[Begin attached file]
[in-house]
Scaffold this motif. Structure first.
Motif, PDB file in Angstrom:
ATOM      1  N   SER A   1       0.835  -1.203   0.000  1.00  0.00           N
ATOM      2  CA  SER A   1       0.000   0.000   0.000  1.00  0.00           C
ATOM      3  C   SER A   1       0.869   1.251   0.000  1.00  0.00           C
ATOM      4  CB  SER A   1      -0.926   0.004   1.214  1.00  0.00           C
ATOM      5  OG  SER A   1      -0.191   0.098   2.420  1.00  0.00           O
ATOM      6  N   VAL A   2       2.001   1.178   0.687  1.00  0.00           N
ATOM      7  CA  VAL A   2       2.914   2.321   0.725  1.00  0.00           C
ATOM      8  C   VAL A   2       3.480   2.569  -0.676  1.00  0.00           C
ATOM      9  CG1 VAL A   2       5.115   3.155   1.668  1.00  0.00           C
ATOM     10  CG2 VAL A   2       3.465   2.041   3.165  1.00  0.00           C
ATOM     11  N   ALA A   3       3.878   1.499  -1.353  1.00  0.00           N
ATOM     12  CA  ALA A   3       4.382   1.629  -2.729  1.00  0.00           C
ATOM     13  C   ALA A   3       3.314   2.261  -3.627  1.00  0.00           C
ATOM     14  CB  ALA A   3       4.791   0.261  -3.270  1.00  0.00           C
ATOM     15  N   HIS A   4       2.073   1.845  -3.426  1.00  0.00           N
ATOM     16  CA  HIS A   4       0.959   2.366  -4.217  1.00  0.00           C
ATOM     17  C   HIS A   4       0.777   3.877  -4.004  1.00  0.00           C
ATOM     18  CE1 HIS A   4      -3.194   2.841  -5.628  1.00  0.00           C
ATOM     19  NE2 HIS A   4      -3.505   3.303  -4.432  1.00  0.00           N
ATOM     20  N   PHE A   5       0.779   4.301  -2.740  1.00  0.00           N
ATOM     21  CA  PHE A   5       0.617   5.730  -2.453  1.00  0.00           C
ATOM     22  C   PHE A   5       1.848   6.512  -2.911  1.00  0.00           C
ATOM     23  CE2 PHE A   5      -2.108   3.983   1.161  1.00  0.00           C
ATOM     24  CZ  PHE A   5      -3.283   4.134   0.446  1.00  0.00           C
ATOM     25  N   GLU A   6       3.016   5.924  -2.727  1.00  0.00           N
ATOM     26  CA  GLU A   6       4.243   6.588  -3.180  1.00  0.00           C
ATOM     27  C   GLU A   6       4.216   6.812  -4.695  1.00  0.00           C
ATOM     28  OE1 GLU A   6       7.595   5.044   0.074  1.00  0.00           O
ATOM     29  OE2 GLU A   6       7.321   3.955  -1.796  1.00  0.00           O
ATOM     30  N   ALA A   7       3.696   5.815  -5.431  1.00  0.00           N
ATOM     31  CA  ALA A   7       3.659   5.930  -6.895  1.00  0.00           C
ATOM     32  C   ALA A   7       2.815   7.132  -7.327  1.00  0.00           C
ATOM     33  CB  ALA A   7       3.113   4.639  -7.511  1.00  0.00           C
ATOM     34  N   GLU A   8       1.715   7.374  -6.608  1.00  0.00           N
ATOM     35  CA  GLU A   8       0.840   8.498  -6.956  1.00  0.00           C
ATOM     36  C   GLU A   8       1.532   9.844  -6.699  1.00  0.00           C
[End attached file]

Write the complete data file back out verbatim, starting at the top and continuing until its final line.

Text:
[in-house]
Scaffold this motif. Structure first.
Motif, PDB file in Angstrom:
ATOM      1  N   SER A   1       0.835  -1.203   0.000  1.00  0.00           N
ATOM      2  CA  SER A   1       0.000   0.000   0.000  1.00  0.00           C
ATOM      3  C   SER A   1       0.869   1.251   0.000  1.00  0.00           C
ATOM      4  CB  SER A   1      -0.926   0.004   1.214  1.00  0.00           C
ATOM      5  OG  SER A   1      -0.191   0.098   2.420  1.00  0.00           O
ATOM      6  N   VAL A   2       2.001   1.178   0.687  1.00  0.00           N
ATOM      7  CA  VAL A   2       2.914   2.321   0.725  1.00  0.00           C
ATOM      8  C   VAL A   2       3.480   2.569  -0.676  1.00  0.00           C
ATOM      9  CG1 VAL A   2       5.115   3.155   1.668  1.00  0.00           C
ATOM     10  CG2 VAL A   2       3.465   2.041   3.165  1.00  0.00           C
ATOM     11  N   ALA A   3       3.878   1.499  -1.353  1.00  0.00           N
ATOM     12  CA  ALA A   3       4.382   1.629  -2.729  1.00  0.00           C
ATOM     13  C   ALA A   3       3.314   2.261  -3.627  1.00  0.00           C
ATOM     14  CB  ALA A   3       4.791   0.261  -3.270  1.00  0.00           C
ATOM     15  N   HIS A   4       2.073   1.845  -3.426  1.00  0.00           N
ATOM     16  CA  HIS A   4       0.959   2.366  -4.217  1.00  0.00           C
ATOM     17  C   HIS A   4       0.777   3.877  -4.004  1.00  0.00           C
ATOM     18  CE1 HIS A   4      -3.194   2.841  -5.628  1.00  0.00           C
ATOM     19  NE2 HIS A   4      -3.505   3.303  -4.432  1.00  0.00           N
ATOM     20  N   PHE A   5       0.779   4.301  -2.740  1.00  0.00           N
ATOM     21  CA  PHE A   5       0.617   5.730  -2.453  1.00  0.00           C
ATOM     22  C   PHE A   5       1.848   6.512  -2.911  1.00  0.00           C
ATOM     23  CE2 PHE A   5      -2.108   3.983   1.161  1.00  0.00           C
ATOM     24  CZ  PHE A   5      -3.283   4.134   0.446  1.00  0.00           C
ATOM     25  N   GLU A   6       3.016   5.924  -2.727  1.00  0.00           N
ATOM     26  CA  GLU A   6       4.243   6.588  -3.180  1.00  0.00           C
ATOM     27  C   GLU A   6       4.216   6.812  -4.695  1.00  0.00           C
ATOM     28  OE1 GLU A   6       7.595   5.044   0.074  1.00  0.00           O
ATOM     29  OE2 GLU A   6       7.321   3.955  -1.796  1.00  0.00           O
ATOM     30  N   ALA A   7       3.696   5.815  -5.431  1.00  0.00           N
ATOM     31  CA  ALA A   7       3.659   5.930  -6.895  1.00  0.00           C
ATOM     32  C   ALA A   7       2.815   7.132  -7.327  1.00  0.00           C
ATOM     33  CB  ALA A   7       3.113   4.639  -7.511  1.00  0.00           C
ATOM     34  N   GLU A   8       1.715   7.374  -6.608  1.00  0.00           N
ATOM     35  CA  GLU A   8       0.840   8.498  -6.956  1.00  0.00           C
ATOM     36  C   GLU A   8       1.532   9.844  -6.699  1.00  0.00           C